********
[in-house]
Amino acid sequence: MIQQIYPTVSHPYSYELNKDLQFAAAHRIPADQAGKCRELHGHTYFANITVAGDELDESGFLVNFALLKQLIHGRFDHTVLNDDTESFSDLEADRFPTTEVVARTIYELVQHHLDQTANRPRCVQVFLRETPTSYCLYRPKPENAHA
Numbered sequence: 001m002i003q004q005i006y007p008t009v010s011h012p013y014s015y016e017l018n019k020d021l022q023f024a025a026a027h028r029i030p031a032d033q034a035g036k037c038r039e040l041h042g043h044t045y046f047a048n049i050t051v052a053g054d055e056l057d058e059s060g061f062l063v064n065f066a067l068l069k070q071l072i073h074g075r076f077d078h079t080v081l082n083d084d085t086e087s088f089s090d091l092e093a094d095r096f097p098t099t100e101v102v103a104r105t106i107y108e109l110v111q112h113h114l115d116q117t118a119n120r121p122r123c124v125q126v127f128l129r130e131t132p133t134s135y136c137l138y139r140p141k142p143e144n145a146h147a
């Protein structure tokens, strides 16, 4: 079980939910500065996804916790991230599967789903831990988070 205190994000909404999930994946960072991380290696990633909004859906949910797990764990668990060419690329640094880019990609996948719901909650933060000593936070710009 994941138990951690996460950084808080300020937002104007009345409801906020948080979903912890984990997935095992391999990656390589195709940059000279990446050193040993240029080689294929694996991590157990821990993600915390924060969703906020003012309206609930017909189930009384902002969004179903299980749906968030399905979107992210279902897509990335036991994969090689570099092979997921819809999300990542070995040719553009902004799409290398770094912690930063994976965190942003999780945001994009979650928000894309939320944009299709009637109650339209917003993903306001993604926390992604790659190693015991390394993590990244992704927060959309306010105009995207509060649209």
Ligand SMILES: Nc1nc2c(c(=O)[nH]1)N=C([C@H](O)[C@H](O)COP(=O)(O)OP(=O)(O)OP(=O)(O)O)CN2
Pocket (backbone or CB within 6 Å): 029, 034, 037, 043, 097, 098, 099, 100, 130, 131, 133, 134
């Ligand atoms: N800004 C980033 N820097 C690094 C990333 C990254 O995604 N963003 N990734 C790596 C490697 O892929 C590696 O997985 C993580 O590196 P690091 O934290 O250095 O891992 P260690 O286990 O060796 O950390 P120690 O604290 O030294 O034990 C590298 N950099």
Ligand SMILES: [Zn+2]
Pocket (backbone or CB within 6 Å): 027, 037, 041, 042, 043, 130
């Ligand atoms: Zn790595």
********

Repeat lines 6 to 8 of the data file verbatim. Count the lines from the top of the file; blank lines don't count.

Pocket (backbone or CB within 6 Å): 029, 034, 037, 043, 097, 098, 099, 100, 130, 131, 133, 134
């Ligand atoms: N800004 C980033 N820097 C690094 C990333 C990254 O995604 N963003 N990734 C790596 C490697 O892929 C590696 O997985 C993580 O590196 P690091 O934290 O250095 O891992 P260690 O286990 O060796 O950390 P120690 O604290 O030294 O034990 C590298 N950099």
Ligand SMILES: [Zn+2]